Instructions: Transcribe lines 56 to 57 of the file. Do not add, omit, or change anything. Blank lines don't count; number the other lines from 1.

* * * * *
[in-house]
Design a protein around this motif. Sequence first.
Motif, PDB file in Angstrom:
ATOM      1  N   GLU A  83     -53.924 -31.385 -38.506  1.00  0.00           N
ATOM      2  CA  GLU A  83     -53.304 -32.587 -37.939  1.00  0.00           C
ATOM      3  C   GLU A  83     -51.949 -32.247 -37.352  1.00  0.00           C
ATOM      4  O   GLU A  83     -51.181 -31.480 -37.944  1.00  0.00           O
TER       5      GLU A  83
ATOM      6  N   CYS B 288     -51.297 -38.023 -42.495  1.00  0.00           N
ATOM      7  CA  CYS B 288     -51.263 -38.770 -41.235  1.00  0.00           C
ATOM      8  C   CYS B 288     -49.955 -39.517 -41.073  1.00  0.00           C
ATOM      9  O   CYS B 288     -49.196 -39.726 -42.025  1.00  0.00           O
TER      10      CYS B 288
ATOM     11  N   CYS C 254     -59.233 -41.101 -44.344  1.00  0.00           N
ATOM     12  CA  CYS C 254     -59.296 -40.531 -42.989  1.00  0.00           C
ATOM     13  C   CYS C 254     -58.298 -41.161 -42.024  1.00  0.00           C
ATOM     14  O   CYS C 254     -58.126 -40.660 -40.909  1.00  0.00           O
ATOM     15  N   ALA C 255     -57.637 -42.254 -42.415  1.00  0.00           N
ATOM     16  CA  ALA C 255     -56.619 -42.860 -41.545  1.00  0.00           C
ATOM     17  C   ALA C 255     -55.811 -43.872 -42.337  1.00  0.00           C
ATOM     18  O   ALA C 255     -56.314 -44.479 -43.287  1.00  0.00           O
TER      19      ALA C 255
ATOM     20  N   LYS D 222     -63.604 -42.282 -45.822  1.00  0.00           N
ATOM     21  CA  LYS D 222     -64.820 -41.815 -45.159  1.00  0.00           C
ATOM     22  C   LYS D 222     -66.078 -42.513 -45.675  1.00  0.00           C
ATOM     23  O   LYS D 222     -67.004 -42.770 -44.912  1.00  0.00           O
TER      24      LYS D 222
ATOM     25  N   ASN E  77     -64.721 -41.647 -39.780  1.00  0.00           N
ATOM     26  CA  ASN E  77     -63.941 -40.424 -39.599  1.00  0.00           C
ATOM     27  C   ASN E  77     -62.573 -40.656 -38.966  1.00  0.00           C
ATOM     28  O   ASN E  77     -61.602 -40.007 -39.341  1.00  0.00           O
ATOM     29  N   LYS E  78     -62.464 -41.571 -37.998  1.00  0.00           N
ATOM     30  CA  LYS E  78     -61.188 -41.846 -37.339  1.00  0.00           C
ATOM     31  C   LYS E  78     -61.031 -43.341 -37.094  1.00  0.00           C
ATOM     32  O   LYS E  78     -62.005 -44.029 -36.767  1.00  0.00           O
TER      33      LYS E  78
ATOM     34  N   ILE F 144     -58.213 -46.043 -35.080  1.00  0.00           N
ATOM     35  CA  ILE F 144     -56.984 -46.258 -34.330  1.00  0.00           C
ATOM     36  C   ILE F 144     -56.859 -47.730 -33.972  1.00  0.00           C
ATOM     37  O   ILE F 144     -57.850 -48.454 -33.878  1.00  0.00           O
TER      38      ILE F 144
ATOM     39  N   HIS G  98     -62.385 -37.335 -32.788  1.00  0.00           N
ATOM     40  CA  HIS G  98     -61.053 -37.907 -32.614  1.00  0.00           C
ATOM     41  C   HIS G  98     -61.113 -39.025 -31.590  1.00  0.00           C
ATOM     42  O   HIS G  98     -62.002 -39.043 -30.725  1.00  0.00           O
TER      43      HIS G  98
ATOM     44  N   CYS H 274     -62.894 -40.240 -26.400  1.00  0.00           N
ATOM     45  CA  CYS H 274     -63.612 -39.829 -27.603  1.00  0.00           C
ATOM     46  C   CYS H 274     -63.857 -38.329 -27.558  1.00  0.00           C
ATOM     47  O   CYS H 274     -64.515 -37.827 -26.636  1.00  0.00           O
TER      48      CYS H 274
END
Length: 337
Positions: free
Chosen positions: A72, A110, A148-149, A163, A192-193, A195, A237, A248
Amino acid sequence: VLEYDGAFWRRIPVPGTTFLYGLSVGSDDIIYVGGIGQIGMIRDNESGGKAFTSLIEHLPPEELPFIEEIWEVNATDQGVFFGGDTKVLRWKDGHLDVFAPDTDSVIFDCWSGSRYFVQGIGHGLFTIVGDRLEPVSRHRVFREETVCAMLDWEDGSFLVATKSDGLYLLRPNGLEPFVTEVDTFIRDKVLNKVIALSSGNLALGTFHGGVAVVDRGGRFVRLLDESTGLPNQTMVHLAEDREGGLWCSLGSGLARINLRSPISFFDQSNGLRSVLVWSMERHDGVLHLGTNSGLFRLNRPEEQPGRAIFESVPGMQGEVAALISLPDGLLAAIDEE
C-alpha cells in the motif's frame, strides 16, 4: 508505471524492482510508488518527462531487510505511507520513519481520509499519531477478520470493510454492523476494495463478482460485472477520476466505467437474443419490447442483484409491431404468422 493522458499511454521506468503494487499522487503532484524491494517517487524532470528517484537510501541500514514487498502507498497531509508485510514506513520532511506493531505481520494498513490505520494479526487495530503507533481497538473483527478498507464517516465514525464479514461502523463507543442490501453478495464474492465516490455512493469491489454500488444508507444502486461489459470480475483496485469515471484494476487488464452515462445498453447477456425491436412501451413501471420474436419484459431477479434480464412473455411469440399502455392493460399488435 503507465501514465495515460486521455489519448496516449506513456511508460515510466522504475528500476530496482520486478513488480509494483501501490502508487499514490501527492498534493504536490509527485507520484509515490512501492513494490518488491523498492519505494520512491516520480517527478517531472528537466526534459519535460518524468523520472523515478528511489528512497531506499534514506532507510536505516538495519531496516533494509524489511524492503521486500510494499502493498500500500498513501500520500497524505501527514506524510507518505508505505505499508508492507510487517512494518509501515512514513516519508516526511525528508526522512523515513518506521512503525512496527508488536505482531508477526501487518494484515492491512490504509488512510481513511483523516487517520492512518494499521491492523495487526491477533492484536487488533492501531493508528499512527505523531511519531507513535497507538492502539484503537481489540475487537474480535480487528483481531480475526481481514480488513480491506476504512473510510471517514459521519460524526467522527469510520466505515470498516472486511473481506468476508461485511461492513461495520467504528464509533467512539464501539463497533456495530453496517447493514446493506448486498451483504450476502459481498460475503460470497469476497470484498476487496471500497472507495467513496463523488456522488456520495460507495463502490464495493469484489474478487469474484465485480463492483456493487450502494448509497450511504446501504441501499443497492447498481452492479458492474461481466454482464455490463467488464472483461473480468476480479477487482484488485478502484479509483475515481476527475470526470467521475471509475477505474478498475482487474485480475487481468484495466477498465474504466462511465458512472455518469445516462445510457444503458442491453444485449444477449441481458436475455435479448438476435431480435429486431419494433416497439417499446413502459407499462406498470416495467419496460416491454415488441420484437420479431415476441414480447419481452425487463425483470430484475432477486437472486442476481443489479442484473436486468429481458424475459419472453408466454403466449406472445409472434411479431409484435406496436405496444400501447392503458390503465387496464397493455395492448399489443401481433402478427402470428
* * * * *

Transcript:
Amino acid sequence: VLEYDGAFWRRIPVPGTTFLYGLSVGSDDIIYVGGIGQIGMIRDNESGGKAFTSLIEHLPPEELPFIEEIWEVNATDQGVFFGGDTKVLRWKDGHLDVFAPDTDSVIFDCWSGSRYFVQGIGHGLFTIVGDRLEPVSRHRVFREETVCAMLDWEDGSFLVATKSDGLYLLRPNGLEPFVTEVDTFIRDKVLNKVIALSSGNLALGTFHGGVAVVDRGGRFVRLLDESTGLPNQTMVHLAEDREGGLWCSLGSGLARINLRSPISFFDQSNGLRSVLVWSMERHDGVLHLGTNSGLFRLNRPEEQPGRAIFESVPGMQGEVAALISLPDGLLAAIDEE
C-alpha cells in the motif's frame, strides 16, 4: 508505471524492482510508488518527462531487510505511507520513519481520509499519531477478520470493510454492523476494495463478482460485472477520476466505467437474443419490447442483484409491431404468422 493522458499511454521506468503494487499522487503532484524491494517517487524532470528517484537510501541500514514487498502507498497531509508485510514506513520532511506493531505481520494498513490505520494479526487495530503507533481497538473483527478498507464517516465514525464479514461502523463507543442490501453478495464474492465516490455512493469491489454500488444508507444502486461489459470480475483496485469515471484494476487488464452515462445498453447477456425491436412501451413501471420474436419484459431477479434480464412473455411469440399502455392493460399488435 503507465501514465495515460486521455489519448496516449506513456511508460515510466522504475528500476530496482520486478513488480509494483501501490502508487499514490501527492498534493504536490509527485507520484509515490512501492513494490518488491523498492519505494520512491516520480517527478517531472528537466526534459519535460518524468523520472523515478528511489528512497531506499534514506532507510536505516538495519531496516533494509524489511524492503521486500510494499502493498500500500498513501500520500497524505501527514506524510507518505508505505505499508508492507510487517512494518509501515512514513516519508516526511525528508526522512523515513518506521512503525512496527508488536505482531508477526501487518494484515492491512490504509488512510481513511483523516487517520492512518494499521491492523495487526491477533492484536487488533492501531493508528499512527505523531511519531507513535497507538492502539484503537481489540475487537474480535480487528483481531480475526481481514480488513480491506476504512473510510471517514459521519460524526467522527469510520466505515470498516472486511473481506468476508461485511461492513461495520467504528464509533467512539464501539463497533456495530453496517447493514446493506448486498451483504450476502459481498460475503460470497469476497470484498476487496471500497472507495467513496463523488456522488456520495460507495463502490464495493469484489474478487469474484465485480463492483456493487450502494448509497450511504446501504441501499443497492447498481452492479458492474461481466454482464455490463467488464472483461473480468476480479477487482484488485478502484479509483475515481476527475470526470467521475471509475477505474478498475482487474485480475487481468484495466477498465474504466462511465458512472455518469445516462445510457444503458442491453444485449444477449441481458436475455435479448438476435431480435429486431419494433416497439417499446413502459407499462406498470416495467419496460416491454415488441420484437420479431415476441414480447419481452425487463425483470430484475432477486437472486442476481443489479442484473436486468429481458424475459419472453408466454403466449406472445409472434411479431409484435406496436405496444400501447392503458390503465387496464397493455395492448399489443401481433402478427402470428